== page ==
Photo by Melody

PlantFiles: Purple Leaved Common Dog Violet
Viola riviniana 'Purpurea Group'

Family: Violaceae (vy-oh-LAY-see-ee) (Info)
Genus: Viola (vy-OH-la) (Info)
Species: riviniana (riv-in-ee-AH-nuh) (Info)
Cultivar: Purpurea Group

Synonym:Viola labradorica var. purpurea

2 vendors have this plant for sale.

One member has or wants this plant for trade.

Alpines and Rock Gardens

6-12 in. (15-30 cm)

12-15 in. (30-38 cm)

USDA Zone 5a: to -28.8 C (-20 F)
USDA Zone 5b: to -26.1 C (-15 F)
USDA Zone 6a: to -23.3 C (-10 F)
USDA Zone 6b: to -20.5 C (-5 F)
USDA Zone 7a: to -17.7 C (0 F)
USDA Zone 7b: to -14.9 C (5 F)
USDA Zone 8a: to -12.2 C (10 F)
USDA Zone 8b: to -9.4 C (15 F)

Sun Exposure:
Light Shade


Bloom Color:

Bloom Time:
Late Spring/Early Summer


Other details:
Average Water Needs; Water regularly; do not overwater

Soil pH requirements:
6.1 to 6.5 (mildly acidic)
6.6 to 7.5 (neutral)
7.6 to 7.8 (mildly alkaline)

Patent Information:

Propagation Methods:
By dividing rhizomes, tubers, corms or bulbs (including offsets)
From seed; direct sow outdoors in fall
From seed; winter sow in vented containers, coldframe or unheated greenhouse
From seed; sow indoors before last frost
From seed; direct sow after last frost

Seed Collecting:
Bag seedheads to capture ripening seed
Allow pods to dry on plant; break open to collect seeds
Properly cleaned, seed can be successfully stored

Click thumbnail
to view:

By Baa
Thumbnail #1 of Viola riviniana by Baa

By Baa
Thumbnail #2 of Viola riviniana by Baa

By booboo1410
Thumbnail #3 of Viola riviniana by booboo1410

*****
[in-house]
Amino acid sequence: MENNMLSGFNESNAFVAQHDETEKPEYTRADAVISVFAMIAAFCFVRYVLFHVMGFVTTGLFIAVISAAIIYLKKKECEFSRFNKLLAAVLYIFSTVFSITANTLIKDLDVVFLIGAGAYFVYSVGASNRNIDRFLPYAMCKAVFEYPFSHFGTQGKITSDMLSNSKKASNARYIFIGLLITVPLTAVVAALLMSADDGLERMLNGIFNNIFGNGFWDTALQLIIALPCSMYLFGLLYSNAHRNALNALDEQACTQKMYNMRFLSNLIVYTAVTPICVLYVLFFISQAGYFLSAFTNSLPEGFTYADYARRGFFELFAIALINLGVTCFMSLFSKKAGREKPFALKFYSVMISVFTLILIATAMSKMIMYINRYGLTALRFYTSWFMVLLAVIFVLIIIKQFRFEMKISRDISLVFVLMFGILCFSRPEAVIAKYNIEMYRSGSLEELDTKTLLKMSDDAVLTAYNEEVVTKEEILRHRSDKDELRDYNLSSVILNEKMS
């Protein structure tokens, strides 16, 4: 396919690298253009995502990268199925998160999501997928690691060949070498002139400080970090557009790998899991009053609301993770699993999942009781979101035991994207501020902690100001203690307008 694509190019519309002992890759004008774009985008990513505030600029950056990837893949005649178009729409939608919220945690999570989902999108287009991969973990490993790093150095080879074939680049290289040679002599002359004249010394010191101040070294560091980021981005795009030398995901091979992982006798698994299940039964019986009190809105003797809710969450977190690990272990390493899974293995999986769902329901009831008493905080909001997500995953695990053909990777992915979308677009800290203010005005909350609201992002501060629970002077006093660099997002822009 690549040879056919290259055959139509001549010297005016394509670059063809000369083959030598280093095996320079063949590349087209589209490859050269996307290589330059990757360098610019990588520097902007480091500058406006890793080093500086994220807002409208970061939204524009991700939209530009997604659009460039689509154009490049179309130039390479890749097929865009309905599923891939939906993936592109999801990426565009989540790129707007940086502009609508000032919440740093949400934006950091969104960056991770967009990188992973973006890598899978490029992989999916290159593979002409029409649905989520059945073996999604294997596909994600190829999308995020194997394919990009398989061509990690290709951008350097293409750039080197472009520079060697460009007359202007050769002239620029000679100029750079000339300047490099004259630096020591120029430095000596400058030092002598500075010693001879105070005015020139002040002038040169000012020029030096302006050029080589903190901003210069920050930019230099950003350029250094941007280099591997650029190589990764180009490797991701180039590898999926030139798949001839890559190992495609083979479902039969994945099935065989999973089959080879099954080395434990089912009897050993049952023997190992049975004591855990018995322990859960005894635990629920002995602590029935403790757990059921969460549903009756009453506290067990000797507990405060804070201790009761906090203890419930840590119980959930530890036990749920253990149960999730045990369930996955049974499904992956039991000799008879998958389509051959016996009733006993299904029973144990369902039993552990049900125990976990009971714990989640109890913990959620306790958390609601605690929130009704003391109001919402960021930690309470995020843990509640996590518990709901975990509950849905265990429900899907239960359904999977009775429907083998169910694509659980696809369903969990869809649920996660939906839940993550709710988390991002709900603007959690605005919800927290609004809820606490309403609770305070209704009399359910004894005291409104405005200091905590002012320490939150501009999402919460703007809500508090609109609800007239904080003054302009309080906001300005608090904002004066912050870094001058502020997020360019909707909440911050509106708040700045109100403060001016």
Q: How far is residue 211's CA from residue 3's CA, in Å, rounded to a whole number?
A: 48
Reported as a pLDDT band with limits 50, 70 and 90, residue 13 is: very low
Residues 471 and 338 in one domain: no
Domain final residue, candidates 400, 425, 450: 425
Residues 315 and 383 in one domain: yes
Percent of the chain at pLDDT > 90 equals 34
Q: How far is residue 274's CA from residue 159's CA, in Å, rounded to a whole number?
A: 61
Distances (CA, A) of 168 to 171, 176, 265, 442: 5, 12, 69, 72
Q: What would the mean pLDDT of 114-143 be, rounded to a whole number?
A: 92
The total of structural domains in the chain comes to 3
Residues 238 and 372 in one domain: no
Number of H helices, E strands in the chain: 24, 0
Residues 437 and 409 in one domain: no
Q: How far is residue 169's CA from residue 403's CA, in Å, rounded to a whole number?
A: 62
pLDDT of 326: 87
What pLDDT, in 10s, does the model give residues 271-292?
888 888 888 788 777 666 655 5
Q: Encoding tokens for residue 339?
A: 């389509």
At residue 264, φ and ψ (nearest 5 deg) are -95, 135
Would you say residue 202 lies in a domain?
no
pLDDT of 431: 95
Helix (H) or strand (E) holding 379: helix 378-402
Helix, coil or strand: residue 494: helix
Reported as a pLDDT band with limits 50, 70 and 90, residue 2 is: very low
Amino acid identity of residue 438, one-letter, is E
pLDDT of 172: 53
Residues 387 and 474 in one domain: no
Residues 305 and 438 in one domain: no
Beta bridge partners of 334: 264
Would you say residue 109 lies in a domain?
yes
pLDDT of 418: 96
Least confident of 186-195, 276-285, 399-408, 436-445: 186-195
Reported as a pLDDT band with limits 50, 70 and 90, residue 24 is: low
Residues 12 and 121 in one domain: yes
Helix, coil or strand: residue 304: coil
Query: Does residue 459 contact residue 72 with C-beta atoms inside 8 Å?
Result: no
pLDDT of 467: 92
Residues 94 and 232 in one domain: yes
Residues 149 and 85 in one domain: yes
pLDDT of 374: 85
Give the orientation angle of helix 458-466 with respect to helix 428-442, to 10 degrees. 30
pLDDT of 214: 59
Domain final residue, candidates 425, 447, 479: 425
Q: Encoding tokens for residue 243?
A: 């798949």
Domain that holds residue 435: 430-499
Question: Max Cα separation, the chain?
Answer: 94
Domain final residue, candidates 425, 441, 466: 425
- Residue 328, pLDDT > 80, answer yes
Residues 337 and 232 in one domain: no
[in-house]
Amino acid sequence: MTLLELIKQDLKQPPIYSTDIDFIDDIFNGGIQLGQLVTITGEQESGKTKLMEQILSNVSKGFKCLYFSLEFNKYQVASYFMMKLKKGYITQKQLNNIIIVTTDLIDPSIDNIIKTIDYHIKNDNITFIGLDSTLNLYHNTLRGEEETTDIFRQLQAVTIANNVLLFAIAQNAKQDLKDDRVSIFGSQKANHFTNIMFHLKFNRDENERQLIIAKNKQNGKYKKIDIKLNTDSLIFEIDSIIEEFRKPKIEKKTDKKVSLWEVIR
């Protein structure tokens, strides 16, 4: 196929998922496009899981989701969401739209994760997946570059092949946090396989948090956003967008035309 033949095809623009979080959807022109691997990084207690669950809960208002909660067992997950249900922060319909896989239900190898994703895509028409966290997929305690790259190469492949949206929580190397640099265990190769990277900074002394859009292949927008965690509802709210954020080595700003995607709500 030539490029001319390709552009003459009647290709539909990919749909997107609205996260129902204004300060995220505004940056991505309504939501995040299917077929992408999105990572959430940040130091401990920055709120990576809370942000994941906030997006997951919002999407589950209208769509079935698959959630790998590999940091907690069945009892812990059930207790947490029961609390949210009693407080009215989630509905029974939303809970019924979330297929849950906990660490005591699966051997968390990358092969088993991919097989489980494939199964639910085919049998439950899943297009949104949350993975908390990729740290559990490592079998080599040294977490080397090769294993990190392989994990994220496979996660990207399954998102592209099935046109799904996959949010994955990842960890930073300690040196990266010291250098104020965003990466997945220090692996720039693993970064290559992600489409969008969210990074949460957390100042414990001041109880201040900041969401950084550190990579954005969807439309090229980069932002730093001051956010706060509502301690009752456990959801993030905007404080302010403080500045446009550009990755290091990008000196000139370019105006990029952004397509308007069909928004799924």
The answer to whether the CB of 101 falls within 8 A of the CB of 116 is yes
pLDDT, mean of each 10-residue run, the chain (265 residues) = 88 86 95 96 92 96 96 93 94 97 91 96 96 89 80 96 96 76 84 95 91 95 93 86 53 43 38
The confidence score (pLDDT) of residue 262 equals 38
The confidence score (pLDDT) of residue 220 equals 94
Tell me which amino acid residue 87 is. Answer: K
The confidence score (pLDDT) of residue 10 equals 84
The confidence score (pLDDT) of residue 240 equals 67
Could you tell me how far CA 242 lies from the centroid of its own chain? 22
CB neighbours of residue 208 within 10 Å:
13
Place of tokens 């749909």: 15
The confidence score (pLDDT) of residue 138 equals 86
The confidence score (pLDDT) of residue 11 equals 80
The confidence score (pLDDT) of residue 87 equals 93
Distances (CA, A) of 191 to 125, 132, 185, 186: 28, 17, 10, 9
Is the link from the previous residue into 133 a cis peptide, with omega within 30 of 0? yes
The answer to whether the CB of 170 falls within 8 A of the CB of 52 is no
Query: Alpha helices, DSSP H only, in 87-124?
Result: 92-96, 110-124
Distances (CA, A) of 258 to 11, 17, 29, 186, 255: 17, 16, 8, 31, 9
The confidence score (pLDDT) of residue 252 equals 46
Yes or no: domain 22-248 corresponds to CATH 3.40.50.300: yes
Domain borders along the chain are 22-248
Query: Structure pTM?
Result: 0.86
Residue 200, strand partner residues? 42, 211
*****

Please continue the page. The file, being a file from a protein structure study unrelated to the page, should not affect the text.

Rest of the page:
By yvana
Thumbnail #4 of Viola riviniana by yvana

By AnniesAnnuals
Thumbnail #5 of Viola riviniana by AnniesAnnuals


No positives
3 neutrals
No negatives

Gardeners' Notes:

Neutral coriaceous On Feb 23, 2014, coriaceous from ROSLINDALE, MA wrote:

Viola riviniana Purpurea Group is a European species widely sold in the US under the misleading name of Viola labradorica.

The true Viola labradorica, native to North America, does not appear to be currently in cultivation.

The two names are not synonyms, but different species.

I find that the purple-toned foliage is its chief ornamental asset. Greater light brings out the purple tones, and the leaves are greener in more shade.

I find that the flowers are small and stingily produced, and their season is brief. They have no fragrance.

This isn't a plant for the tidy gardener. It won't form a neat edging to a bed, nor has it ever grown into a weed-suppressive groundcover for me.

My plants are substantially smaller than the several common weedy native species---the height is generally 1-4".

I find that individual plants are short-lived, and if I want to keep it I need to rely on its prolific self-sowing. That means I can't use a weed-suppressive mulch. It tends to grow where it wants to, and it doesn't pay a lot of attention to my ideas about where I want it to grow---it often tends to fade out there, for reasons I can't seem to discern.

It's a good plant for the "wild" looking garden under trees, if you don't mind that it isn't native.

Neutral henryr10 On May 8, 2010, henryr10 from Cincinnati, OH (Zone 6b) wrote:

Thanks Baa!
I purchased this grossly misnamed and finally had it ID'd as
Viola labradorica.
This led to finding the true ID here.

I've seen it in full bloom and pictures do not in any way do it justice.
Much more an eye catcher than most Violas.
The burgundy leaves set off the blooms perfectly.

Neutral as I just purchased it, but parent clump appears to be doing quite well here in SW OH.

Neutral Baa On Aug 30, 2001, Baa wrote:

Viola labradorica var. Purpurea of Gardens often still sold as this. The true Labrador Violet (V. labradorica) is hard to find and a native of Canada and North USA.

Almost hairless perennial with small, heart shaped, burgandy coloured leaves. Bears small blue/violet coloured flowers with a purple spur in March to May and often July through to September. This is a varient of the European native Common Dog Violet.

Self seeds everywhere and may even become invasive over time but great for a wood/wild flower garden.


This plant has been said to grow in the following regions:

Richmond, California
Stone Mountain, Georgia
Roslindale, Massachusetts
Cincinnati, Ohio
Wilkes Barre, Pennsylvania
University Place, Washington

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